Know before you go
Parking informationNo car park - limited parking in lay-by on A264
Not suitable for wheelchair users or those with limited mobility.
When to visit
Opening timesOpen at all times
Best time to visitApril-October
About the reserve
Hedgecourt Lake is an ancient mill pond resulting from the damming of the upper Eden Brook. At about 800m long, it is the largest body of semi-natural open water in east Surrey. The lake itself is not part of the reserve, which runs along the west of the lake.
As a lakeside reserve, Hedgecourt contains a typical succession of communities from fringing reedswamp through willow carr and wet alder woodland to damp oak woods with birch and hazel.
Where the ground is waterlogged for much of the year, a fen-type vegetation, rich in damp-loving plants are found. These include marsh-horsetail, yellow loosestrife, reed canary-grass, gypsywort, meadow-sweet and meadow thistle – which is rare in east Surrey.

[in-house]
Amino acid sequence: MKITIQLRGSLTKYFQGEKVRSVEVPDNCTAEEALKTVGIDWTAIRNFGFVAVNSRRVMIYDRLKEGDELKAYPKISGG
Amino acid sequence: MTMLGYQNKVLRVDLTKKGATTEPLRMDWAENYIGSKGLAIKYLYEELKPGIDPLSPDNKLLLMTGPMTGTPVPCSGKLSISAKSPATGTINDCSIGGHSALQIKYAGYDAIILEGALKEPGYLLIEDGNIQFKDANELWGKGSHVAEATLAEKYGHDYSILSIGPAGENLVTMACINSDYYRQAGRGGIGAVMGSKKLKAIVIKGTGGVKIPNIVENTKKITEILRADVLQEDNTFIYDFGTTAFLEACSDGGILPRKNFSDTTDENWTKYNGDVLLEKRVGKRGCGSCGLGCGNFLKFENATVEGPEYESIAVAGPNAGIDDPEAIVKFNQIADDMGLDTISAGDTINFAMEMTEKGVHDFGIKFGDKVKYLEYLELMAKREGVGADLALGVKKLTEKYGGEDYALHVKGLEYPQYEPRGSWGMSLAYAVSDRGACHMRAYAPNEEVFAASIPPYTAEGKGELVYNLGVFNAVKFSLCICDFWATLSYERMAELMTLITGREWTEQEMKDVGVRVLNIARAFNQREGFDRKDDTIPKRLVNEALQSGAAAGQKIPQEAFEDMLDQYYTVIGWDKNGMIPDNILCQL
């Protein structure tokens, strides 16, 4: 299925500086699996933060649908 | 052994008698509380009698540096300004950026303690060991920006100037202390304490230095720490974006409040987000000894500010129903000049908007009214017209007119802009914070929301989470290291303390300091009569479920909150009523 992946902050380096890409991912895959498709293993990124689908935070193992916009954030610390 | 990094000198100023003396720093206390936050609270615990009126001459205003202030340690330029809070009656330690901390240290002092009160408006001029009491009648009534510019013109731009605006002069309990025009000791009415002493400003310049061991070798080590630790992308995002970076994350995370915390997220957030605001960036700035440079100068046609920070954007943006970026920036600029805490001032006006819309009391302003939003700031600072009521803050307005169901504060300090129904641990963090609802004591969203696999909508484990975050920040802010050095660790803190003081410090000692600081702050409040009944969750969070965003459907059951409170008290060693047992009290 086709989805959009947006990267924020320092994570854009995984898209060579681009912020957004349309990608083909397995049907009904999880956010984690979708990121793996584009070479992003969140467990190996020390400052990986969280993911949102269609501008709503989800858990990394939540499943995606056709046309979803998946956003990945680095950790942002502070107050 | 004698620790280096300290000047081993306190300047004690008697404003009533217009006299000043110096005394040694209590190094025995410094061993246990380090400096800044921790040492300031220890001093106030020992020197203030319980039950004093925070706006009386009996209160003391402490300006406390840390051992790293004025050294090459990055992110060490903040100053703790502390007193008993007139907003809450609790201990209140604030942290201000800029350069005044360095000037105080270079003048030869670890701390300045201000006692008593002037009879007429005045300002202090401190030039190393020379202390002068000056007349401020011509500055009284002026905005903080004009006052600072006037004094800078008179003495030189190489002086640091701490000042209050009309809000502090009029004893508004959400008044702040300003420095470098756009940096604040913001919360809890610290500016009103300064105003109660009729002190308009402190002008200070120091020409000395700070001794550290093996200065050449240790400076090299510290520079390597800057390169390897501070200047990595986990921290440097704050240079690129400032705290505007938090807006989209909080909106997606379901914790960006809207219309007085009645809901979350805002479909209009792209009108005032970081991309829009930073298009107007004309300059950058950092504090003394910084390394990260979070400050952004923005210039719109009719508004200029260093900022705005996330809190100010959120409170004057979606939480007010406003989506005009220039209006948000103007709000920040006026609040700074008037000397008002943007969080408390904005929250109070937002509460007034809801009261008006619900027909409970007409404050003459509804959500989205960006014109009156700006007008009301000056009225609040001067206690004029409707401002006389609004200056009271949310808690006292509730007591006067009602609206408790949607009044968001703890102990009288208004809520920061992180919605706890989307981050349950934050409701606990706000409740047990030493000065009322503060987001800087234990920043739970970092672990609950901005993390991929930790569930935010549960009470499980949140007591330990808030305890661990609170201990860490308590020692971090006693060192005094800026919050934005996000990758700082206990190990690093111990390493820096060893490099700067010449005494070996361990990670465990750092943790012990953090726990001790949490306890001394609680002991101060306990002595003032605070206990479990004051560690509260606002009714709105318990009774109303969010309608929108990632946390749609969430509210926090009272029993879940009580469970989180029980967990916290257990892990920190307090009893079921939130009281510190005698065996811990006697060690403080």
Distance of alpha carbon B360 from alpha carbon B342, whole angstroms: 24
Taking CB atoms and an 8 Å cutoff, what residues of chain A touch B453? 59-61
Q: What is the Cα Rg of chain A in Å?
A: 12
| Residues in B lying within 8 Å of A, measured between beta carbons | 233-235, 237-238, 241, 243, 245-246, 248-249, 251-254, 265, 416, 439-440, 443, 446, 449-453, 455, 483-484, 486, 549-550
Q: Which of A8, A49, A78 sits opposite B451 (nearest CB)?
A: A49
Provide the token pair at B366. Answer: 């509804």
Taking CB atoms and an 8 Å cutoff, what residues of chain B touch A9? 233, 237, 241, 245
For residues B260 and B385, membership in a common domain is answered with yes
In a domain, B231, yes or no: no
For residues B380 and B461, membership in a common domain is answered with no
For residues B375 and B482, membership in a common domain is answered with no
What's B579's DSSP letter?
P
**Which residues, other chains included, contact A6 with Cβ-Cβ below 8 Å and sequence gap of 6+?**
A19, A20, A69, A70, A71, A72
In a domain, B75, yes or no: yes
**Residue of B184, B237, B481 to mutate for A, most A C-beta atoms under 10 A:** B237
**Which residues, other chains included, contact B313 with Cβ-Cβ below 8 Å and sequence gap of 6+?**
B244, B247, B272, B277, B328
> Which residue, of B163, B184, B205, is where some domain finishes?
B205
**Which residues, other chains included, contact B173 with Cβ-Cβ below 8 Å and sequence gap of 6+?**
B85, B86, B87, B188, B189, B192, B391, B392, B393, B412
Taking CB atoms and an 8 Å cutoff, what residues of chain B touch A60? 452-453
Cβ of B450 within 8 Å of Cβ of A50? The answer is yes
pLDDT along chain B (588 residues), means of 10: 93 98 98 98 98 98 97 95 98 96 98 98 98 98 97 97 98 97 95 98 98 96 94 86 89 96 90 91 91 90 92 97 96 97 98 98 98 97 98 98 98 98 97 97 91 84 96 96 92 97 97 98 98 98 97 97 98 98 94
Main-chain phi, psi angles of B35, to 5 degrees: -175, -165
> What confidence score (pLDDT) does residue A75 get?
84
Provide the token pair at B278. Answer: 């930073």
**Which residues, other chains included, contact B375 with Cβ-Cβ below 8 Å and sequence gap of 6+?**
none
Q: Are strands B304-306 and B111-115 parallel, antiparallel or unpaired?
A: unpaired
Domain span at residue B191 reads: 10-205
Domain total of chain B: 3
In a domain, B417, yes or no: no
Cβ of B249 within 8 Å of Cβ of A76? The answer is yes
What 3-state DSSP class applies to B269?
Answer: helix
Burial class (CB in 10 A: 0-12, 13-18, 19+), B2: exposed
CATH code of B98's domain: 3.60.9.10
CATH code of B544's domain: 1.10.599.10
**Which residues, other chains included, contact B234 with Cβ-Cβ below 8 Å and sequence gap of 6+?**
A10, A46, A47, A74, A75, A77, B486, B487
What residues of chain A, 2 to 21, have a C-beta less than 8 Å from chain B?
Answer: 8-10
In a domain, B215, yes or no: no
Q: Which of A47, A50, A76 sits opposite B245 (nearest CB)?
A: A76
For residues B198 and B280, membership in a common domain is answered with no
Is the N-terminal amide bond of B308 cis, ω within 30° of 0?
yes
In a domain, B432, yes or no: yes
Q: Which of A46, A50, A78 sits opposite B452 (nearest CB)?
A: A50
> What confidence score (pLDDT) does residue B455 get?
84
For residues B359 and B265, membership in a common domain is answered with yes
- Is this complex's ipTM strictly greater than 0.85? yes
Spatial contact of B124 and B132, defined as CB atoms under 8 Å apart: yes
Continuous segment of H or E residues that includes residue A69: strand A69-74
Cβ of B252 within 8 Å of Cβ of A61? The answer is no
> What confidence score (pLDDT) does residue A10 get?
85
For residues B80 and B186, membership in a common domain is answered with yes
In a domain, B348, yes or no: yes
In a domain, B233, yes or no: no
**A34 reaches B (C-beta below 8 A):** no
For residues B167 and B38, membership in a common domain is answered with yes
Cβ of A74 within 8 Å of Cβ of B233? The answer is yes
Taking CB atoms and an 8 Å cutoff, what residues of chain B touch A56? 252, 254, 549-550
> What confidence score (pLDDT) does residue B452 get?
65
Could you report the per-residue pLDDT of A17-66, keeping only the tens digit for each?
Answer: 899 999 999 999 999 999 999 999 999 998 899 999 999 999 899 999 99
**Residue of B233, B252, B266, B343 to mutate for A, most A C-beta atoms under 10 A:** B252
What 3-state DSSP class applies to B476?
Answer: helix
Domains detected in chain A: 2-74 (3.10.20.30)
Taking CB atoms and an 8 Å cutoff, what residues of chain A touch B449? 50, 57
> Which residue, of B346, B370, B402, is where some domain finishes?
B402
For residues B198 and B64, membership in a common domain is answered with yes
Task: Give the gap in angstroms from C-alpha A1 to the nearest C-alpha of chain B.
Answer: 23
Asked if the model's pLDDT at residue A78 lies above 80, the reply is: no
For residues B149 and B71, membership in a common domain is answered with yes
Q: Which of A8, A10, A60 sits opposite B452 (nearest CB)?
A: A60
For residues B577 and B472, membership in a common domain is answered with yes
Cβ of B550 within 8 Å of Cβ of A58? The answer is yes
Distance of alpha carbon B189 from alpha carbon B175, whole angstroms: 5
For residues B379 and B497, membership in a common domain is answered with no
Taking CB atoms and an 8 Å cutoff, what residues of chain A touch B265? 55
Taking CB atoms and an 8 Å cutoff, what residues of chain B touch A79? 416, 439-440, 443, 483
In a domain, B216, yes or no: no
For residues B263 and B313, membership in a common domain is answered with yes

Towards the lake edge this fen grades into tall marginal vegetation of emergent species forming a fringe round the lake, especially at the western end. Here bladder sedge, water parsnip, yellow flag iris, water mint and water plantain may be found.
Extending into the open water there are single-species stands of reed, reed mace and bulrush, with bog bean and the touch-me-not balsam - a local plant for which this is the only site in Surrey.
Twelve species of dragonflies have been recorded here as well as a variety of other insects. The site also supports a number of breeding birds including water rail, mute swan, sedge warbler, woodcock, tufted duck and kingfisher.